Among some of the more interesting recipes, and not necessarily ones that I would try to serve my family, are Burger Dessert Squares (yup, it calls for 2 pounds of ground beef), ‘Pooch Pāté’ (made with, you guessed it dog or cat food, but they do allow for a substitution of baby food for pet food), Corn Cob Jelly, Pollen Pancakes (main ingredient: cattail pollen), Black-Eyed Pea Guaca-Jell-O Salad, Chocolate Cricket Torte, Beer Sorbet,  and Tabasco Ice Cream.  Some of the less weird recipes included are Onion Sandwiches, Bathtub Bread, Impossible Cheeseburger Pie, and Apple Lasagne (which is a whole lot like Jewish kugel and is a dessert recipe developed by the North Dakota Wheat Commission).

Lest I gross you out any further, I would love to share with you my mother-in-law’s recipe for Red Beans.  Because so many of my husband’s family seemed to develop gall stones, I used to joke it was because they all ate so much red beans and rice – that is, until I developed gall stones.  Nothing funny about that!  For her recipe start with 1 pound of dried pinto beans – the lighter colored beans are the freshest.  Wash the beans and remove any stones – yes, there are sometimes stones in these dried beans.  Put in a heavy, 4 quart pan, cover with water and bring to a boil.  Drain and re-cover with hot water and add 1 tablespoon of bacon drippings.  Simmer for 2 to 3 hours until tender, adding hot water as needed.  Now, add 2 tablespoons of Worcestershire sauce, 2 tablespoons of chili powder, 1 teaspoon of salt, and 2 tablespoons of ketchup.  Simmer on low until ready to serve.  She always serves them up with a big bowl of rice – it helps to sop up all the good sauce.  Now, that’s some might good, East Texas kind of good home cookin’!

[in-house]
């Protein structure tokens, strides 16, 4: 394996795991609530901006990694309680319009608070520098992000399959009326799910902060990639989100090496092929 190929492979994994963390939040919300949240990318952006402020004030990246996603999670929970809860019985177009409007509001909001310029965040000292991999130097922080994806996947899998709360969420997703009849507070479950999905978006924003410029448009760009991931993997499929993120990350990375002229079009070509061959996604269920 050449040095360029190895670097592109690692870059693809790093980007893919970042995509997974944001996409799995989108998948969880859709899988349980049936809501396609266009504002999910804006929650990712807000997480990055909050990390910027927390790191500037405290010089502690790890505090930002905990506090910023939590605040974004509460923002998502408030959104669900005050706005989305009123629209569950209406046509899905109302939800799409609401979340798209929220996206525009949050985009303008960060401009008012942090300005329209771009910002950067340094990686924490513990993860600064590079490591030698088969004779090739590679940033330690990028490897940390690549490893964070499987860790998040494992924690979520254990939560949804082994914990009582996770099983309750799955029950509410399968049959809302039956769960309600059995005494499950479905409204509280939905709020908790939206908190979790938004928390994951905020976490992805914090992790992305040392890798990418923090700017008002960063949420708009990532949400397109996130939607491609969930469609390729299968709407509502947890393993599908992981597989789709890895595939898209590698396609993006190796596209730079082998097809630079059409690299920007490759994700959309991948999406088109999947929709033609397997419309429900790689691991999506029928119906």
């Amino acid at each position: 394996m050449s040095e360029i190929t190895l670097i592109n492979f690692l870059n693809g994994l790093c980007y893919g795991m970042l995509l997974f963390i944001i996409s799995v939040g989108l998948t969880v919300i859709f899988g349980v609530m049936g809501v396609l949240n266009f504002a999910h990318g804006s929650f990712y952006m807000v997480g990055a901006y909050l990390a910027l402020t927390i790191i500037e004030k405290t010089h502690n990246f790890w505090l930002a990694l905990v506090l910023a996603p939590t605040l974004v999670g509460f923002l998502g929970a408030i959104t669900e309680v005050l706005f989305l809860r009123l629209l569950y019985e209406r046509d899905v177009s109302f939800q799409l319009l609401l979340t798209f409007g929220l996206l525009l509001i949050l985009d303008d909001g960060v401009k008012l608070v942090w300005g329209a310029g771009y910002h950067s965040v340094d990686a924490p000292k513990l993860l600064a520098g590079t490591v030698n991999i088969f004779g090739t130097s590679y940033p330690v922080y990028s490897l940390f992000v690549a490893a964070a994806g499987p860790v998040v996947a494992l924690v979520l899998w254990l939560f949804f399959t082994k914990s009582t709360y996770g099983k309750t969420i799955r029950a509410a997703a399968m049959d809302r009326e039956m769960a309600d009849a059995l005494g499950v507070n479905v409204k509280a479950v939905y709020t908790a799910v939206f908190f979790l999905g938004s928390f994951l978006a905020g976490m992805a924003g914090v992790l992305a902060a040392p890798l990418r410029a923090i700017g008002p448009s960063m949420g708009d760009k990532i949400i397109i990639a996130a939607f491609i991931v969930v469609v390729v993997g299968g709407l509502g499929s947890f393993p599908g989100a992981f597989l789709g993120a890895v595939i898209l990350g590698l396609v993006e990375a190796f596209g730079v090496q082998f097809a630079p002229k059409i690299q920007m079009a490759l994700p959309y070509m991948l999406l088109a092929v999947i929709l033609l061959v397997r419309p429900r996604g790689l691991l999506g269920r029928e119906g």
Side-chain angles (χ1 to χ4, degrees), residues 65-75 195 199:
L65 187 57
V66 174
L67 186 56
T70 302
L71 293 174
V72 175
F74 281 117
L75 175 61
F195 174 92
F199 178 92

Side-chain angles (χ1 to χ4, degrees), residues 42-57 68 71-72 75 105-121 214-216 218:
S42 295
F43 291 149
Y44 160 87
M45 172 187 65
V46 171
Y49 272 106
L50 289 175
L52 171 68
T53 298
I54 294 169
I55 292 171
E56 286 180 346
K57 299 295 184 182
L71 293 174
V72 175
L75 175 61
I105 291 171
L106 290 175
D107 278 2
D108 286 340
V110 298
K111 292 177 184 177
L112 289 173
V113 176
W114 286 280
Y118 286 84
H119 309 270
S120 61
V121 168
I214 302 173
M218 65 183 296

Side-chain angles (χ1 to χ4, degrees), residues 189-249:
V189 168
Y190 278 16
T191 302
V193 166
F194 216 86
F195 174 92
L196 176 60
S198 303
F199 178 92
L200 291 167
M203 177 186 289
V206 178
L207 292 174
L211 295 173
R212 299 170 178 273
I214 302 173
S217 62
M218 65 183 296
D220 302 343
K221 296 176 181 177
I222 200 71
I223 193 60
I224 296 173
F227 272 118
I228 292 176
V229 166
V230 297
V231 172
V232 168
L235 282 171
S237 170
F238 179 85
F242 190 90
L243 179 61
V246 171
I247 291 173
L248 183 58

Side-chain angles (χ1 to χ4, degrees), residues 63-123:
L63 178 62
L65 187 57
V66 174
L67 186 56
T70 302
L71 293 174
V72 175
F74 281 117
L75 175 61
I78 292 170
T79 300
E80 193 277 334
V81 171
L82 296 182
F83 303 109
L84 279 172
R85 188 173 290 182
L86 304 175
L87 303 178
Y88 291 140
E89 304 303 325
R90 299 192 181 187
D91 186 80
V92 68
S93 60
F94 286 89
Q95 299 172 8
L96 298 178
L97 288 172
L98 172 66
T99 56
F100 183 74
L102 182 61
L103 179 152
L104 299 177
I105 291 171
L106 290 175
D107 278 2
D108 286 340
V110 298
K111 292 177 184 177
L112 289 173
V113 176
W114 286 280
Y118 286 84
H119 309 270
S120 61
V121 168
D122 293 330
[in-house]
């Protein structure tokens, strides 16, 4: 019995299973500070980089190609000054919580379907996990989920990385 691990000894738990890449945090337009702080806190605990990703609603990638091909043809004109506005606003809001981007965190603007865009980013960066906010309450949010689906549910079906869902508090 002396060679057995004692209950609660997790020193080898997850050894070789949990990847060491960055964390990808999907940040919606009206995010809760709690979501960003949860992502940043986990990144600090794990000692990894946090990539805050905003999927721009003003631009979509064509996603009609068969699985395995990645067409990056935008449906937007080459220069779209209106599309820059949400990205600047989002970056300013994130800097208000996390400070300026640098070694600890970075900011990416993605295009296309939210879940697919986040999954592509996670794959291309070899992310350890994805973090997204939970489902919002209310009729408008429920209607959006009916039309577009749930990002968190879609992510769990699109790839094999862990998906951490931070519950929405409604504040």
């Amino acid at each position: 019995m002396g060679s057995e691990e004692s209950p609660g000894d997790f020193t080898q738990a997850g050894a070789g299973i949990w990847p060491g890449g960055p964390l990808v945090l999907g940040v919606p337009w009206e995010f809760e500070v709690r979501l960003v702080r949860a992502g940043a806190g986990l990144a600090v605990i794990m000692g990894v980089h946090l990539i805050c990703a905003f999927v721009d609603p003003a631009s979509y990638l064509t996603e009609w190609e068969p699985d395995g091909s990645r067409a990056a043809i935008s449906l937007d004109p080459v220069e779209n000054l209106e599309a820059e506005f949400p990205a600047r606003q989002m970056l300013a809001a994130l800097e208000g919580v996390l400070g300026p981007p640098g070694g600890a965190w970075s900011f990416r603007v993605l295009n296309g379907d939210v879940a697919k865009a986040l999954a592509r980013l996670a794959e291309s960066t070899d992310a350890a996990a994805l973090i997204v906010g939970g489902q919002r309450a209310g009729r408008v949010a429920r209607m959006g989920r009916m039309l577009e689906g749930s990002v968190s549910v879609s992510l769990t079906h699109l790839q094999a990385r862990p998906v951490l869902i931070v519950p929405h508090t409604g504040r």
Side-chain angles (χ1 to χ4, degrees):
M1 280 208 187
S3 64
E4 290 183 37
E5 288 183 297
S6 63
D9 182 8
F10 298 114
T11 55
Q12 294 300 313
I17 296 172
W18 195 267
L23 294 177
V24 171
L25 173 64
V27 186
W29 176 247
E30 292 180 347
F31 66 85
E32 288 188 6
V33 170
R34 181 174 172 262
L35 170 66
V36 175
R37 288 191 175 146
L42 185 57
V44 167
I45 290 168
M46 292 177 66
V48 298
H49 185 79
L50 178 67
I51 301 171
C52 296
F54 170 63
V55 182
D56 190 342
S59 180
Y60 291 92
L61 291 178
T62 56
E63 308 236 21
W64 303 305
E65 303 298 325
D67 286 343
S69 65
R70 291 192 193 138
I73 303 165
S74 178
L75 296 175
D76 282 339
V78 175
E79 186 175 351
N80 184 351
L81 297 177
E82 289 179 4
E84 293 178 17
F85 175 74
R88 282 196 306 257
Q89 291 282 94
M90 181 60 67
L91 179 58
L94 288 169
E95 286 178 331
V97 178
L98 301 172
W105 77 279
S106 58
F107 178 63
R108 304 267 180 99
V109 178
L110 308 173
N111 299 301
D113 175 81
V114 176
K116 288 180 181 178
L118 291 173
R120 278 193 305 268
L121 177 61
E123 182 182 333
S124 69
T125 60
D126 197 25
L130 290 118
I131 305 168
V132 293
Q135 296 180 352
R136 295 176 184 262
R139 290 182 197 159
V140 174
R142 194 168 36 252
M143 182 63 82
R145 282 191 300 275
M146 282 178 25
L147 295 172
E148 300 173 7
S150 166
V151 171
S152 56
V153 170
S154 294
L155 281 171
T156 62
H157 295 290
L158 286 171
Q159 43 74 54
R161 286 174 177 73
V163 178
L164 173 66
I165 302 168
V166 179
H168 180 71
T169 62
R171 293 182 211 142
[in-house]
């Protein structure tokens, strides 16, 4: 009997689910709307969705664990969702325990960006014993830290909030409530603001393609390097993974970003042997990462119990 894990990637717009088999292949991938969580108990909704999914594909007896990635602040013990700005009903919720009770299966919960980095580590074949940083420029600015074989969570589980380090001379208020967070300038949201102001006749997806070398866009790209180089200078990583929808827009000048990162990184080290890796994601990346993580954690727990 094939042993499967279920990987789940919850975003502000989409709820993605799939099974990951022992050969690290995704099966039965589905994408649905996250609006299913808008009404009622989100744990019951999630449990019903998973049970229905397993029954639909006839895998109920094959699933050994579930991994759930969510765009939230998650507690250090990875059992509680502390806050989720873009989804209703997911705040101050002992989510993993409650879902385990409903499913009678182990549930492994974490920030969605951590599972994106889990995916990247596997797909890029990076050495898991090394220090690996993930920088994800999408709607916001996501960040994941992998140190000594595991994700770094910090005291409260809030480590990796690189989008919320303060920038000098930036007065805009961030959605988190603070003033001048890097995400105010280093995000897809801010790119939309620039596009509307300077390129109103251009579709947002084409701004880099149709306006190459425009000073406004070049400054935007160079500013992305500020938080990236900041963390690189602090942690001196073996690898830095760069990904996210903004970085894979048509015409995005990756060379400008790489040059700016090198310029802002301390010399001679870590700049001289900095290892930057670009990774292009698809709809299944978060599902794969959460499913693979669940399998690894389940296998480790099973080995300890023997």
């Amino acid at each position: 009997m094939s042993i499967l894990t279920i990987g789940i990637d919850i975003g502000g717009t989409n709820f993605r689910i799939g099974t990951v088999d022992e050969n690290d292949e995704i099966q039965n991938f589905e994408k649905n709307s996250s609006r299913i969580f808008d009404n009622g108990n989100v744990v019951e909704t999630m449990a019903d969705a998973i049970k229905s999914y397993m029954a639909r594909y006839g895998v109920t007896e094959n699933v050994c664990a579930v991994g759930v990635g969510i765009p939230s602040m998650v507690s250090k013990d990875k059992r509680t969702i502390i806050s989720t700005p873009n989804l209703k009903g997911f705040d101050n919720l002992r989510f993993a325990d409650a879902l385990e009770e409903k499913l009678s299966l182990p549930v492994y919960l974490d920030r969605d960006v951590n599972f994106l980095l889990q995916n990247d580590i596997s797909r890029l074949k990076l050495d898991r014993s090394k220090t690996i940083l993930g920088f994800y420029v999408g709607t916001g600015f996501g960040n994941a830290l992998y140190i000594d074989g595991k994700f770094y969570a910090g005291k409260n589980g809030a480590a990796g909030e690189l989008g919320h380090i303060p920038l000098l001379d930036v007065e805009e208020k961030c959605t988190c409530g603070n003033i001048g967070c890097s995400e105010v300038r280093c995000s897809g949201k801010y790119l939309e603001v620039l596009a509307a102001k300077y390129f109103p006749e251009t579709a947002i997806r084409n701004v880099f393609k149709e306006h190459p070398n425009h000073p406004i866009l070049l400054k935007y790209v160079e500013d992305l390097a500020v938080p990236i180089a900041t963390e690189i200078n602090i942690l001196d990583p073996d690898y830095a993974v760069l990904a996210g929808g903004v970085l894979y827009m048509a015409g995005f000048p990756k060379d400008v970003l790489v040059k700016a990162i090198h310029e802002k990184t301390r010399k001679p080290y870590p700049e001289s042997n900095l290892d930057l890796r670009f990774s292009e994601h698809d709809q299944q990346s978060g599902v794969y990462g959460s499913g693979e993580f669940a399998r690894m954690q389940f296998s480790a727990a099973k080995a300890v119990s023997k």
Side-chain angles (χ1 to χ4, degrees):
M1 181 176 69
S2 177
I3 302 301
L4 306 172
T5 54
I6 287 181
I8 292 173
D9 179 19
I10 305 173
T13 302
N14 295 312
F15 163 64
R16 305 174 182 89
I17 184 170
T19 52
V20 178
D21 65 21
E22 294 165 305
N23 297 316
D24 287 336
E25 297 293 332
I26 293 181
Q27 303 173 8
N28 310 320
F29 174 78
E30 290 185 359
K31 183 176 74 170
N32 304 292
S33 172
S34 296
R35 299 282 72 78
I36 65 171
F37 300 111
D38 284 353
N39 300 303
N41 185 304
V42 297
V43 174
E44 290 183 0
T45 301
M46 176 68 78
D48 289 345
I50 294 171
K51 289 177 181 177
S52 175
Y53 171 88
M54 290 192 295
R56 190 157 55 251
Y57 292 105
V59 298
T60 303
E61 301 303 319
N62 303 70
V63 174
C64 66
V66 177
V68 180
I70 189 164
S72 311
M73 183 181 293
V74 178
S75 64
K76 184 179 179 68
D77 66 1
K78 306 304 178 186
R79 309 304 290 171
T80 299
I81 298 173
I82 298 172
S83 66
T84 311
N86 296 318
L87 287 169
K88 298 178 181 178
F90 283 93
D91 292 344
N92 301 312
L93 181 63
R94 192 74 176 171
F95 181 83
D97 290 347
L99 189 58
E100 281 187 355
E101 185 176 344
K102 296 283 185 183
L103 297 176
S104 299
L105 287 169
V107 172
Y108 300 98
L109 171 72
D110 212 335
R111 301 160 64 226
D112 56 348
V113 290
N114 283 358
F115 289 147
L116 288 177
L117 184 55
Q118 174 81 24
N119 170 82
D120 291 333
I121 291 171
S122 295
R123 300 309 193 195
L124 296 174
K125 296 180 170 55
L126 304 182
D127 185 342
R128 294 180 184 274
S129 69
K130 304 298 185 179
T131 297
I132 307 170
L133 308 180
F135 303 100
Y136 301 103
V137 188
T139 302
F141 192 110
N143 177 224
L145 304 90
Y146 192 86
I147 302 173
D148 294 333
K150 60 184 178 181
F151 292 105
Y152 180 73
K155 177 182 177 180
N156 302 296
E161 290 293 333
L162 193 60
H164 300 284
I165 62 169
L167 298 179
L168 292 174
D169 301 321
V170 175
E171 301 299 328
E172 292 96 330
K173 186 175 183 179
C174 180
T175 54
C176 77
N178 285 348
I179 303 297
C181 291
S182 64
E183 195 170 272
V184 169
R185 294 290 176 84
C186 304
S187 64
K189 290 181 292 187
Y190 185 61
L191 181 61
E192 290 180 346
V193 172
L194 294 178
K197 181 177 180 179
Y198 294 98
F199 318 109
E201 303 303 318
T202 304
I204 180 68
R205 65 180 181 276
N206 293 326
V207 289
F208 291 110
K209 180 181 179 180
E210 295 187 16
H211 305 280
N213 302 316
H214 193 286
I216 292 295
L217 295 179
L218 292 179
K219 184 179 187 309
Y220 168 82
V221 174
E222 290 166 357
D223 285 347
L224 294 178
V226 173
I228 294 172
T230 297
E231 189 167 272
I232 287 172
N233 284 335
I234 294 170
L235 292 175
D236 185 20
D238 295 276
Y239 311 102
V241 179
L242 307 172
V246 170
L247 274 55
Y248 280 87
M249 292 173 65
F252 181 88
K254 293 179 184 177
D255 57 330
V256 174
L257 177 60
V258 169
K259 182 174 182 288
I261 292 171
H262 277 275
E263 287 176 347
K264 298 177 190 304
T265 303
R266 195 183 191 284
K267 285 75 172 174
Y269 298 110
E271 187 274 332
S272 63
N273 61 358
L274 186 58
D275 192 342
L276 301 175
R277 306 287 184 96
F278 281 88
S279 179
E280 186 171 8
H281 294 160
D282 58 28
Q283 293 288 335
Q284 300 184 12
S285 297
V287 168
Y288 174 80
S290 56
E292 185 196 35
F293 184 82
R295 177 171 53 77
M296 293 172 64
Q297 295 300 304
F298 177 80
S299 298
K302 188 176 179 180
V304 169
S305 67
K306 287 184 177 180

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Duck! Here It Comes!


By Gini Rainey

For those of you who have been paying attention to the general theme of my cookbook collection, you may have noticed a trend towards those written by or about celebrities and or famous people.  That was one of my initial criteria when I started picking them up and mostly still is, unless I come across one that’s weird, unusual, or cheap!  Every so often I’ll go to my favorite eBay store, thriftbooks, just to see if they have anything new that fits the bill.  The cookbook I have in front of me today is one of those.  It’s “Miss Kay’s Duck Commander Kitchen” by Kay Robertson with Chrys Howard and was published in 2013 by Howard Books and was written by a celebrity and was cheap!  Score!